Oklahoma Attorney General Mike Hunter announced a $120 million settlement between attorneys general of 49 states and the District of Columbia and General Motors Company (GM) after the company concealed known safety issues related to ignition switch defects in a number of its vehicles.
The multistate investigation began in 2014, after GM recalled several vehicle models in response to the issue that affected over nine million vehicles. The defective ignition switch could shut off the engine while driving, causing a litany of problems including loss of power steering, electrical systems, anti-lock braking and preventing airbags from deploying.
Hunter said companies need to be held accountable when putting profits over people.
“GM knew the dangers associated with allowing the defective ignition switches to continue on the market and chose to remain silent, which is unacceptable,” Hunter said. “For the company to continue marketing the defective vehicles as safe, even after knowledge of the issue was deceptive and unfortunately had a human toll associated with the company’s negligence. I am proud of my colleagues and staff, who fought tirelessly from start to finish for this settlement.”
In the lawsuit, states alleged certain GM employees knew of the safety defect as early as 2004. However, despite this knowledge, GM personnel decided it wasn’t a safety concern and delayed making recalls. GM continued to market the reliability and safety of its vehicles, which were equipped with the defective ignition switch.
As part of the agreement, GM will:
- Not represent that a motor vehicle is “safe” unless they have complied with the Federal Motor Vehicle Safety standards applicable to the motor vehicle at issue;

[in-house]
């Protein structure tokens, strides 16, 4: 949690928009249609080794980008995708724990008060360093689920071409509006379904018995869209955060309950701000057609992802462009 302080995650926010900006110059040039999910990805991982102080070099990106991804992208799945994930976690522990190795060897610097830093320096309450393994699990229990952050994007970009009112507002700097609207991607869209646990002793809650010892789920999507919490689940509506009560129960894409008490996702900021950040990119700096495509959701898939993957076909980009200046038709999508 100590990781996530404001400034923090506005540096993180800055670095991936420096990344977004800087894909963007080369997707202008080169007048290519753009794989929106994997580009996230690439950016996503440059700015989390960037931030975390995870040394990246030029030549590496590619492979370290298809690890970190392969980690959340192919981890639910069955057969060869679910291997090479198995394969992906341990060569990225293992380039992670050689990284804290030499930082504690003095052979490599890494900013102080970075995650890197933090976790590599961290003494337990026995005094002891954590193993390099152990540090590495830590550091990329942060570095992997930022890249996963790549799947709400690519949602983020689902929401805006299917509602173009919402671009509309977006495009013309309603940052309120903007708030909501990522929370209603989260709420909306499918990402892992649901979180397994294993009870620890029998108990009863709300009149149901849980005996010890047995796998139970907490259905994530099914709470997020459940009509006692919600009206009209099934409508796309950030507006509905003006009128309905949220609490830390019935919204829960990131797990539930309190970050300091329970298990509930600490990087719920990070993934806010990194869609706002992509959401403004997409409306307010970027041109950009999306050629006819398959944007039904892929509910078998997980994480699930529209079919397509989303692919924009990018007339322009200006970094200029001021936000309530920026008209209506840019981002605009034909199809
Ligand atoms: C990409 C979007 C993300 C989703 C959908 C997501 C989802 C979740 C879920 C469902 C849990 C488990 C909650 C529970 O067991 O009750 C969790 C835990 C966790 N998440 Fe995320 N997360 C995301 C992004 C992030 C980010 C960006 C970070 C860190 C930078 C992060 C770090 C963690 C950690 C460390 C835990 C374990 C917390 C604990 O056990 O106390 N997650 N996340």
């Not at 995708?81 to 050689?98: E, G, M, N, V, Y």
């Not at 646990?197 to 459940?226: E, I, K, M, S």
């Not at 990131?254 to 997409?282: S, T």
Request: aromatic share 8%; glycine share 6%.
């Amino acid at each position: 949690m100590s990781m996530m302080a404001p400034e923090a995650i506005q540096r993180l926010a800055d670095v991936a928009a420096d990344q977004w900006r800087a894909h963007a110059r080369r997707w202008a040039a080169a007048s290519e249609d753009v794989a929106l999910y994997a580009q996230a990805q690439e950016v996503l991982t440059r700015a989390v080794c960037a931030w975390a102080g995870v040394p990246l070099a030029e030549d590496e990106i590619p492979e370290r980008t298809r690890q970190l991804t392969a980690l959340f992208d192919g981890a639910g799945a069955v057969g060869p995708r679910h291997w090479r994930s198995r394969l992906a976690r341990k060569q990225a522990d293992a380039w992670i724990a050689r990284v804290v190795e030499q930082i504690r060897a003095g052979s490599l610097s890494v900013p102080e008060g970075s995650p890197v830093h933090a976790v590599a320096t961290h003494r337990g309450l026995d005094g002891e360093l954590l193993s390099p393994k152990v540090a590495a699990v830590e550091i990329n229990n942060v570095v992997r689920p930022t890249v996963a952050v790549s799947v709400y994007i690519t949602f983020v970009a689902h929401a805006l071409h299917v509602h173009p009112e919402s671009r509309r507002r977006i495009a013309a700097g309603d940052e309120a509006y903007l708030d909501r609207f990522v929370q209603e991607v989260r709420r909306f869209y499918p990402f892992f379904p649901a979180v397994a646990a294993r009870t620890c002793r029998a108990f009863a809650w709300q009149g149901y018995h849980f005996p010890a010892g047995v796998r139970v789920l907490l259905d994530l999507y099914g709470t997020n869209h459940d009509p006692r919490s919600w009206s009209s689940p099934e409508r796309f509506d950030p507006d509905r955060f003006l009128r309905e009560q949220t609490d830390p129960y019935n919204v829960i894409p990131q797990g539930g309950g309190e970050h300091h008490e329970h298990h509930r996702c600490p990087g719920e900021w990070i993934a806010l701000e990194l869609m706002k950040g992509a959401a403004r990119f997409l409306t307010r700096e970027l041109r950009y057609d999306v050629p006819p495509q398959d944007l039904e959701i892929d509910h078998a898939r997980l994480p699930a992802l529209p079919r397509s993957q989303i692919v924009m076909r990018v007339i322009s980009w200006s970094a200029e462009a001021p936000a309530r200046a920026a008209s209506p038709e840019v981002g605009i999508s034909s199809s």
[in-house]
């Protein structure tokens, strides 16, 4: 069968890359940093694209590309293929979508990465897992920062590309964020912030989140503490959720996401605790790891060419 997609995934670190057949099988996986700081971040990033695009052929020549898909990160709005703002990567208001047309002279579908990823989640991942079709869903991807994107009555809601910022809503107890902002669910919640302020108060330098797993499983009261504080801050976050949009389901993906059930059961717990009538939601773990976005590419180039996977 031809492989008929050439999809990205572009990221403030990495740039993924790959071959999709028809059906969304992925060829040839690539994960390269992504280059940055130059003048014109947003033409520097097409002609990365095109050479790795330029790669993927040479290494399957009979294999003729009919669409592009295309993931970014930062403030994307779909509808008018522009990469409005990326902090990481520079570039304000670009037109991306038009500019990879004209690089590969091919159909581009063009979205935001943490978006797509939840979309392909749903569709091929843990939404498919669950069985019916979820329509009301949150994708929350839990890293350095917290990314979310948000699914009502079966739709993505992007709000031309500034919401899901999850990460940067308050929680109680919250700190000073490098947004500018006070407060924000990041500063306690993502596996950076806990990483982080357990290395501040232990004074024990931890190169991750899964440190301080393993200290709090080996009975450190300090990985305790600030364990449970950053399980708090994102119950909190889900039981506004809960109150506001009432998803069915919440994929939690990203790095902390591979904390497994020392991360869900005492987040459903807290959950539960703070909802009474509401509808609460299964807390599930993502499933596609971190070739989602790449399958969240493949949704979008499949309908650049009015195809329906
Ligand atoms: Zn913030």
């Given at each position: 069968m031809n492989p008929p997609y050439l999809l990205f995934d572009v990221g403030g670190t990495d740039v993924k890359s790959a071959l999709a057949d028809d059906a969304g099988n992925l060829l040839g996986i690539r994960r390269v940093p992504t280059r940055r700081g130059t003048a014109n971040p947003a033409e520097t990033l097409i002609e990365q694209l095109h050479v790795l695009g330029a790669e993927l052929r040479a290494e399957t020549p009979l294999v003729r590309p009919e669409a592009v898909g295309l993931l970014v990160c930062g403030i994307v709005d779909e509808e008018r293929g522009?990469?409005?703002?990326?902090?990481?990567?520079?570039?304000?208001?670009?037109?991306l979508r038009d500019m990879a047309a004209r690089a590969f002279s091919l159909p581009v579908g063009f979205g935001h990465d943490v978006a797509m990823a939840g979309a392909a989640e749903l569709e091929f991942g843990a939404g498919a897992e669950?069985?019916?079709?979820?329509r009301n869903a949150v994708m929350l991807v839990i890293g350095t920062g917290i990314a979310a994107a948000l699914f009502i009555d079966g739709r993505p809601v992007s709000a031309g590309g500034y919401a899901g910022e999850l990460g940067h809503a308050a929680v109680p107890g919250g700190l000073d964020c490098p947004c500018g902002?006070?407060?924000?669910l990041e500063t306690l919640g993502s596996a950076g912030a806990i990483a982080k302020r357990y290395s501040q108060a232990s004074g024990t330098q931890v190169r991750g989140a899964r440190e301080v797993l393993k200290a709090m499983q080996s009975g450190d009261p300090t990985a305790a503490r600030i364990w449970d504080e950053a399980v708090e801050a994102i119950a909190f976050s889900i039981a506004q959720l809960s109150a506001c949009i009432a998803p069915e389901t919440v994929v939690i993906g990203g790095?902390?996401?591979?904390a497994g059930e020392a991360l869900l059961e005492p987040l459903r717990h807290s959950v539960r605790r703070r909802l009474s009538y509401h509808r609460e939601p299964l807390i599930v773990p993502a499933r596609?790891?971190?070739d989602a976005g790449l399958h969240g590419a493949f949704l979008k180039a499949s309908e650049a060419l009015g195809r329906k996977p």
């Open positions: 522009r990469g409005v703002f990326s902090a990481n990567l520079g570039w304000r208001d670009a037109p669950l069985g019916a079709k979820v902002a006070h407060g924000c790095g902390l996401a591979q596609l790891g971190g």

- Not represent certified pre-owned vehicles GM advertises are safe and that they have been repaired for safety issues, or have been subject to rigorous inspection, unless such vehicles are not subject to any open recalls relating to safety or have been repaired pursuant to such a recall;
- Instruct its dealers that all applicable recall repairs must be completed before any GM motor vehicle sold in the United States and included in a recall is eligible for certification and, if there is a recall on any certified pre-owned vehicle sold in the United States, the required repair must be completed before the vehicle is delivered to a customer.
GM also agreed to pay the participating attorneys general a total of $120 Million, of which Oklahoma’s share is $1.6 million. The total is based on each state’s population. Oklahoma’s settlement will go toward advanced training, fraud prevention and enforcement of consumer protection laws.
In addition to Oklahoma, the multistate group included: South Carolina, Connecticut, Florida, Maryland, Michigan, New Jersey, Pennsylvania, and Texas plus Alabama, Alaska, Arkansas, California, Colorado, Delaware, District of Columbia, Georgia, Hawaii, Idaho, Illinois, Indiana, Iowa, Kansas, Kentucky, Louisiana, Maine, Massachusetts, Minnesota, Mississippi, Missouri, Montana, Nebraska, Nevada, New Hampshire, New Mexico, New York, North Carolina, North Dakota, Ohio, Oregon, Rhode Island, South Dakota, Tennessee, Utah, Vermont, Virginia, Washington, West Virginia, Wisconsin and Wyoming.